Documents Relating to New Zealand's Participation in the Second World War 1939–45: Volume I
353 — The Prime Minister of New Zealand to the Secretary of State for Dominion Affairs
The Prime Minister of New Zealand to the Secretary of State for Dominion Affairs
The most careful and most earnest consideration has been given by His Majesty's Government in New Zealand to your telegrams Nos. 345 to 352 inclusive, the last of which was not deciphered until 11 o'clock last night. Their first reaction is that the operation, which they had always regarded as highly dangerous and speculative, is now obviously much more hazardous than that previously contemplated. They generally agree with the comments of the United Kingdom Chiefs of Staff as set out in telegram No. 350.
There seems to be little prospect of Yugoslav or Turkish assistance, and consequently the possibility of such assistance should be disregarded entirely as a factor in the consideration of the matter.
The risk is grave that, with the Greeks, the first British troops on the scene may be overwhelmed before an adequate British force can be in position. In any case, the position must at all times be one of extreme gravity even when all the British troops available are operating with the Greeks.
The Germans have an almost unlimited number of divisions which in time can be utilised for an attack through Bulgaria, through Yugoslavia, or through Albania, and to these forces must be added the possibility of further reinforcements from the Italians.
While the Axis are moving on interior lines, the British reinforcements (apart from those—obviously limited in number—which may be available from the African theatre of war) can arrive only at the end of a very long sea voyage, except in the unlikely event of the Mediterranean route being available. Similar remarks of course apply to supplies, munitions, and equipment of all kinds.
Aided by the Italian Air Force, the German Air Force can be brought to bear in very great strength upon troop concentrations, communications, ports of landing, transports, and supply ships, and the Suez Canal. British air action must necessarily be weak.
Constant attacks upon sea communications may be expected from the Italian fleet, perhaps reinforced by units of the German fleet. These attacks, both by sea and by air, will be facilitated by enemy control of islands flanking the sea communications.
It may be expected that the Suez Canal will be the object of constant attack and it might be prudent largely to discount its use.page 258
His Majesty's Government in New Zealand are not without apprehension that pressure by the Germans might perhaps lead to a rapid collapse of the Greeks, which would leave the British force in the air.
Nevertheless, having regard to all these considerations, His Majesty's Government in New Zealand look upon the first and last of the alternatives set out in the fifth paragraph of the Secretary of State's telegram1 as completely unacceptable. In particular they cannot contemplate the possibility of abandoning the Greeks to their fate, especially after the heroic resistance with which they have met the Italian invader. To do so would be to destroy the moral basis of our cause and invite results greater in their potential damage to us than any failure of the contemplated operation. Therefore, in the circumstances, they find themselves in agreement with the conclusions arrived at by the Secretary of State for Foreign Affairs and the Chief of the Imperial General Staff, as now approved by His Majesty's Government in the United Kingdom—a decision which they consider to have been correct in a most difficult situation.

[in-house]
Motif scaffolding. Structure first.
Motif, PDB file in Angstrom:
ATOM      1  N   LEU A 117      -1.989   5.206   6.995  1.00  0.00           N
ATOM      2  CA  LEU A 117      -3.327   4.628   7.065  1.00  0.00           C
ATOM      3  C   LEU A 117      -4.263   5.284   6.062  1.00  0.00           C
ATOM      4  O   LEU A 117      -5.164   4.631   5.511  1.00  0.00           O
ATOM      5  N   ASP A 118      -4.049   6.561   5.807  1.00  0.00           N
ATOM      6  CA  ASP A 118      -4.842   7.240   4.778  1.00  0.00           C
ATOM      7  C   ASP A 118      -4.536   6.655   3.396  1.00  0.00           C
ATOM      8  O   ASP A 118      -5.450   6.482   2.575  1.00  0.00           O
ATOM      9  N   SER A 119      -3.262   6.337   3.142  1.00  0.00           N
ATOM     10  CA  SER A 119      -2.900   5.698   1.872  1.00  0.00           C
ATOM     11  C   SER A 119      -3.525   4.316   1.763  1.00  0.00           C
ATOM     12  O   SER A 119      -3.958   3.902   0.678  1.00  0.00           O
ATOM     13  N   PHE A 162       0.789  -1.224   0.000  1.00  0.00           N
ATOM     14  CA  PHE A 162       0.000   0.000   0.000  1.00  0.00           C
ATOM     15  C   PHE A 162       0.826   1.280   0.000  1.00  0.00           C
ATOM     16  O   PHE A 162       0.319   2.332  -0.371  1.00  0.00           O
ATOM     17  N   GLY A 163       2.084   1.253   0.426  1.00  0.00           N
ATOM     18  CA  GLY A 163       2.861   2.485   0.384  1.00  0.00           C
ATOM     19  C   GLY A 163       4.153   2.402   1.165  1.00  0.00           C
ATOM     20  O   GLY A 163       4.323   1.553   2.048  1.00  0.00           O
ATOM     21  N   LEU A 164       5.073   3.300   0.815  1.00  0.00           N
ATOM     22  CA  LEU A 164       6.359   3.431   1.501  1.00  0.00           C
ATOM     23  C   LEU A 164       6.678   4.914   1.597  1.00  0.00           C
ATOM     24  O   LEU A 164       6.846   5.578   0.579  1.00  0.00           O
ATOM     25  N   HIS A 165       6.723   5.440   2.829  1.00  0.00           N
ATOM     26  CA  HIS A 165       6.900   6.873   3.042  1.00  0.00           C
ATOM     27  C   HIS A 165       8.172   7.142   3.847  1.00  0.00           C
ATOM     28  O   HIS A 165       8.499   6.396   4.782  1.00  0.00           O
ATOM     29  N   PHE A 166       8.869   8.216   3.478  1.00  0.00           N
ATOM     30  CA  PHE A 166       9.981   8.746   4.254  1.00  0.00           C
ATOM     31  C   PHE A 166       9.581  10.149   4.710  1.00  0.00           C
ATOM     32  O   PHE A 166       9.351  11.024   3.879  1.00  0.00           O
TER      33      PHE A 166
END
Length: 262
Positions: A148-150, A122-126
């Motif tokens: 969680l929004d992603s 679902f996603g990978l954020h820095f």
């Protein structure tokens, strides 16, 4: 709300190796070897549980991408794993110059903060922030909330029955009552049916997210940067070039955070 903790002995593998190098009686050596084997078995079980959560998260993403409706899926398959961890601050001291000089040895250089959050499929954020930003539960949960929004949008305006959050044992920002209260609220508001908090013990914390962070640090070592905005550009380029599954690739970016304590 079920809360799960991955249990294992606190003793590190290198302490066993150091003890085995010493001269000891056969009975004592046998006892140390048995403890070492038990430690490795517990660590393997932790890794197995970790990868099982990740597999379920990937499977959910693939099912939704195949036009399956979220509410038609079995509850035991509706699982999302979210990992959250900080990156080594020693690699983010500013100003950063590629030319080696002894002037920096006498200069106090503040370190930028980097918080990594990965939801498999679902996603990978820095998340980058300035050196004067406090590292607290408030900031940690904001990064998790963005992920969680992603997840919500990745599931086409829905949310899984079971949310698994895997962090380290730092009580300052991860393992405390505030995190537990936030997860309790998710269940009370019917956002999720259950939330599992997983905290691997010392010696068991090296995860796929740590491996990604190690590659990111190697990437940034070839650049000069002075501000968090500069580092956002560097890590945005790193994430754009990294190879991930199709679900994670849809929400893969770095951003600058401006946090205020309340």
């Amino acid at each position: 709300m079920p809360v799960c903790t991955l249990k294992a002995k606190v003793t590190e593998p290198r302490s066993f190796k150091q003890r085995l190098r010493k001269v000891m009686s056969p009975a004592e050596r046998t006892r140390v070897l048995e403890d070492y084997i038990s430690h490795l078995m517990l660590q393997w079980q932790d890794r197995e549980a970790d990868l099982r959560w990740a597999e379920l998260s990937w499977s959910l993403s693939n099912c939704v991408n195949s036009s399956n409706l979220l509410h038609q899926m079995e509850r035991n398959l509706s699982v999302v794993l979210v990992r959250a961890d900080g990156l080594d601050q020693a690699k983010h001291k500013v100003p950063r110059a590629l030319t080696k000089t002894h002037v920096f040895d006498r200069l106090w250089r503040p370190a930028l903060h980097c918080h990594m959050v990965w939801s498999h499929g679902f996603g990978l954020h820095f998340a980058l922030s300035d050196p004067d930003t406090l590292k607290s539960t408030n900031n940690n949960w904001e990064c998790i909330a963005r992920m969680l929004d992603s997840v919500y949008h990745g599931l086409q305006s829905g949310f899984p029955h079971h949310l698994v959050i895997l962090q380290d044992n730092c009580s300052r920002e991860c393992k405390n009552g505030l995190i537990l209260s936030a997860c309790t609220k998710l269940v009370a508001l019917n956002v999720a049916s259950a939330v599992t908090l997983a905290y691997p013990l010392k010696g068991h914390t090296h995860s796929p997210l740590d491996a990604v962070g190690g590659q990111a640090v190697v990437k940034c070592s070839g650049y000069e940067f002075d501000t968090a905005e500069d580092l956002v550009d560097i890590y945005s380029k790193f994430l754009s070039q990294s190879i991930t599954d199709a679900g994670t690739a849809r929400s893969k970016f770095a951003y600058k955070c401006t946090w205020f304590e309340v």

His Majesty's Government in New Zealand, with a full knowledge of the hazards to be run, align themselves with His Majesty's Government in the United Kingdom and agree with the course now proposed. They are confident that New Zealand troops in this dangerous enterprise will worthily uphold their traditions and indeed would be the first to approve of the decision now taken.
However, in the light of the hazards involved, they urge His Majesty's Government in the United Kingdom and the authorities on the spot to direct the most careful attention, first, to the provision of the strongest possible sea and air escort for transports, and, second, to a full and immediate consideration of the means of withdrawal both on land and at sea should this course unfortunately prove to be necessary.
Finally, it is assumed by His Majesty's Government in New Zealand that unless the full British force contemplated can clearly be made available at the appropriate time the operation will not be undertaken.